default:
                    throw new ArgumentOutOfRangeException ($"{Language} is not supported by protoc");
            }
        }
        public string GetProtocTooling () {

            switch (Language) {
                case GeneratorLanguageEnum.CSharpProtoc:
                    return "csharp";
                case GeneratorLanguageEnum.CPlusPlus:
                    return "cpp";
                case GeneratorLanguageEnum.Java:
                    return "java";
                case GeneratorLanguageEnum.JavaNano:
                    return "javanano";
                case GeneratorLanguageEnum.JS:
                    return "js";
                case GeneratorLanguageEnum.Objc:
                    return "objc";
                case GeneratorLanguageEnum.PHP:
                    return "php";
                case GeneratorLanguageEnum.Python:
                    return "python";
                case GeneratorLanguageEnum.Ruby:
                    return "ruby";
                default:
                    throw new ArgumentOutOfRangeException ($"{Language} is not supported by protoc");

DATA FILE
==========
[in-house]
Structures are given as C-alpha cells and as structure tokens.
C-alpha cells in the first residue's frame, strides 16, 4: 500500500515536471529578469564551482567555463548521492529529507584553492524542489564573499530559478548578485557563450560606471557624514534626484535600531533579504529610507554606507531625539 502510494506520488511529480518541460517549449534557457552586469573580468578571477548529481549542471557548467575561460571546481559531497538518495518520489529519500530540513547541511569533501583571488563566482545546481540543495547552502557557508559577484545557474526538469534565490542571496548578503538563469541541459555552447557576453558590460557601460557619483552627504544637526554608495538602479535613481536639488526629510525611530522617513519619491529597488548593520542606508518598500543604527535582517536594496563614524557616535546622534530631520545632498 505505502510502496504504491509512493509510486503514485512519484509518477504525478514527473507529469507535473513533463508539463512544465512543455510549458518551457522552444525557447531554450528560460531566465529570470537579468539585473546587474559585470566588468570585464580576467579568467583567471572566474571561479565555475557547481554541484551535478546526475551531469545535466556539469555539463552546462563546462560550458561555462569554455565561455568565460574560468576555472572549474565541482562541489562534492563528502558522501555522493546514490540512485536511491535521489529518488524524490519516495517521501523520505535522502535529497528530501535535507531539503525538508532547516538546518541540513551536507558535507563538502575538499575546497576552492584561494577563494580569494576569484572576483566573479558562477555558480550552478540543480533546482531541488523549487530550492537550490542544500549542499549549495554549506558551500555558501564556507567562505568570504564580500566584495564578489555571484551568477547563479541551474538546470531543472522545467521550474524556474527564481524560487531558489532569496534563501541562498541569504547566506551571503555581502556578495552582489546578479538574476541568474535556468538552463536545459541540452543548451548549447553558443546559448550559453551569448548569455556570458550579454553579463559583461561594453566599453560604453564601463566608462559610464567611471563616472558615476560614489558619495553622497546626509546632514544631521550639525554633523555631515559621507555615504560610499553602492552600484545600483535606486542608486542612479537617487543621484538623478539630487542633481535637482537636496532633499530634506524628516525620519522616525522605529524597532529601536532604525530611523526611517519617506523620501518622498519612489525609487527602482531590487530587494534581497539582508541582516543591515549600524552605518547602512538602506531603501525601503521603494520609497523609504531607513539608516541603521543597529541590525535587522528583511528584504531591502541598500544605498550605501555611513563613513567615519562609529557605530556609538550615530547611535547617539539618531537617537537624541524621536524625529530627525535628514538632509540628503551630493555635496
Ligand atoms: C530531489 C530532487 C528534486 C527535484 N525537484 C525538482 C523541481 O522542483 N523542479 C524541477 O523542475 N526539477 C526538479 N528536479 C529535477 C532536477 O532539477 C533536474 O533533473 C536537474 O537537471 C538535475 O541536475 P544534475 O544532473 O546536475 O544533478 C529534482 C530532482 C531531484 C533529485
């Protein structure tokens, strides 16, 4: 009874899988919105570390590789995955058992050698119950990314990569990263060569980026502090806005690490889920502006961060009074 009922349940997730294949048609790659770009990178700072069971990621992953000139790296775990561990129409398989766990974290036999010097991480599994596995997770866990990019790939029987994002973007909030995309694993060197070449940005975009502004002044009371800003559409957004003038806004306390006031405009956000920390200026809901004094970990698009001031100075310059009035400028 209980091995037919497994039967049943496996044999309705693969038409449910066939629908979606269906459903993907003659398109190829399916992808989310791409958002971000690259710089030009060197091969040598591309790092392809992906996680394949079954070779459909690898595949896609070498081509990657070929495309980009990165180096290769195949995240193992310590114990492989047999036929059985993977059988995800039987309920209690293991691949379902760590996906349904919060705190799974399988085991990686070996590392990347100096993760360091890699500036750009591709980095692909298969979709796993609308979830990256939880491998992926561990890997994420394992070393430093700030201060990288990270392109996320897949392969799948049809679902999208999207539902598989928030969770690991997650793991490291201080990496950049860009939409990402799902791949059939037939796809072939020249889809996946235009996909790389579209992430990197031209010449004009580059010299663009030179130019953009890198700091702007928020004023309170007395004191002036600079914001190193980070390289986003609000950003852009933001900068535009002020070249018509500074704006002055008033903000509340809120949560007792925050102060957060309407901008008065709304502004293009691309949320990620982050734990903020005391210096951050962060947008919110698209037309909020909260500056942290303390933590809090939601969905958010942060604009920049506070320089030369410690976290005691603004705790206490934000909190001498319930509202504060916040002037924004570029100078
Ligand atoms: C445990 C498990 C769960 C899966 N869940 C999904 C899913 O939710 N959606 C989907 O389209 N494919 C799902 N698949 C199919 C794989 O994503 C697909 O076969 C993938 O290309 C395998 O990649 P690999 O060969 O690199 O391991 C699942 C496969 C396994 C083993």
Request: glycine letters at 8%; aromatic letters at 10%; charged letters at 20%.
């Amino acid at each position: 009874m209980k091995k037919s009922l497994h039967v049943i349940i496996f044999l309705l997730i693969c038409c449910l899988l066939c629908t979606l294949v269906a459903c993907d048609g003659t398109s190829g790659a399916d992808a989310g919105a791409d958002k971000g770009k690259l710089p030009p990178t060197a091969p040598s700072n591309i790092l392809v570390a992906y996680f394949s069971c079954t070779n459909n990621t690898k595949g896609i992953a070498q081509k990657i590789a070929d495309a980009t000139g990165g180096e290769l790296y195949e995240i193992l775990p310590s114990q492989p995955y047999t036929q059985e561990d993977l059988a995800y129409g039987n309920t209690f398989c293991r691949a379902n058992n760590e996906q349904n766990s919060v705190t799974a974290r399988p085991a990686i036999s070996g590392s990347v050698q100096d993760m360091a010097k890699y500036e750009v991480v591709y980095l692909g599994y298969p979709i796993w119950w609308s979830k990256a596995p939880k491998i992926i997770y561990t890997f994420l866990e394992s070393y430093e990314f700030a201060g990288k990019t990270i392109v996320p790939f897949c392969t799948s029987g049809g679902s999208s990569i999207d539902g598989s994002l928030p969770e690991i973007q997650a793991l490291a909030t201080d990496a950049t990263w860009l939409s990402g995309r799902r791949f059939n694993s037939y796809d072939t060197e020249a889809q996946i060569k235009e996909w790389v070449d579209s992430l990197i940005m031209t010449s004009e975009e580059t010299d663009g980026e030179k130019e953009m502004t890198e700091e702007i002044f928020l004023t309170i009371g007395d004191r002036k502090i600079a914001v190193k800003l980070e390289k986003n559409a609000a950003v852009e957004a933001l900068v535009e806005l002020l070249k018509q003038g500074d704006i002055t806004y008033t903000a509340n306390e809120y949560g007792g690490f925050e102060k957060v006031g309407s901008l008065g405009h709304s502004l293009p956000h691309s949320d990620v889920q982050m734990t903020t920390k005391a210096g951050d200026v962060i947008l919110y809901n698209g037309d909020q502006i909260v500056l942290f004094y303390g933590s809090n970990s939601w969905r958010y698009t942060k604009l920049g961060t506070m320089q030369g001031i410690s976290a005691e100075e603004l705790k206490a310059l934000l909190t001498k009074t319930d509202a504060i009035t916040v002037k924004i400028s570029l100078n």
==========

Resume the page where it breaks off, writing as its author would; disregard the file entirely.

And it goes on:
}
        }

        [Required]
        public string ProtoContent { get; set; }

        public bool HasLanguageVersion () {
            return LanguageVersions.ContainsKey (Language);
        }
        public IEnumerable<string> GetLanguageVersions () {
            return LanguageVersions[Language];
        }
    }
}

I tried to implement most of the logic here for keeping the razor part of my view clean of any decision.

The rest of the generation razor file can be found here.

I implemented on this page the decision whether I call the server or not : I call the server for every non .net language but also for .net languages when there is an include in the .proto file because protogen has some usual include available on server side and, because there is no abstraction over the file system access, I couldn't run it on client side where there is no file system :(.

The nice thing with Blazor is that I can send my view model instance to the server (serialized as Json) and call the same method on the client and the server, which reduce code duplication / translation (when you implement the same thing in js and in cs).

Monaco integration

In the previous version of protogen there was a code editor called "(monaco)[https://microsoft.github.io/monaco-editor/]" that was integrated. Monaco is the code editor part of VSCode and can be used standalone on a web page. Integrating monaco was not easy because I needed to learn how to enable it and then how to enable the two way binding between my view model string property and monaco.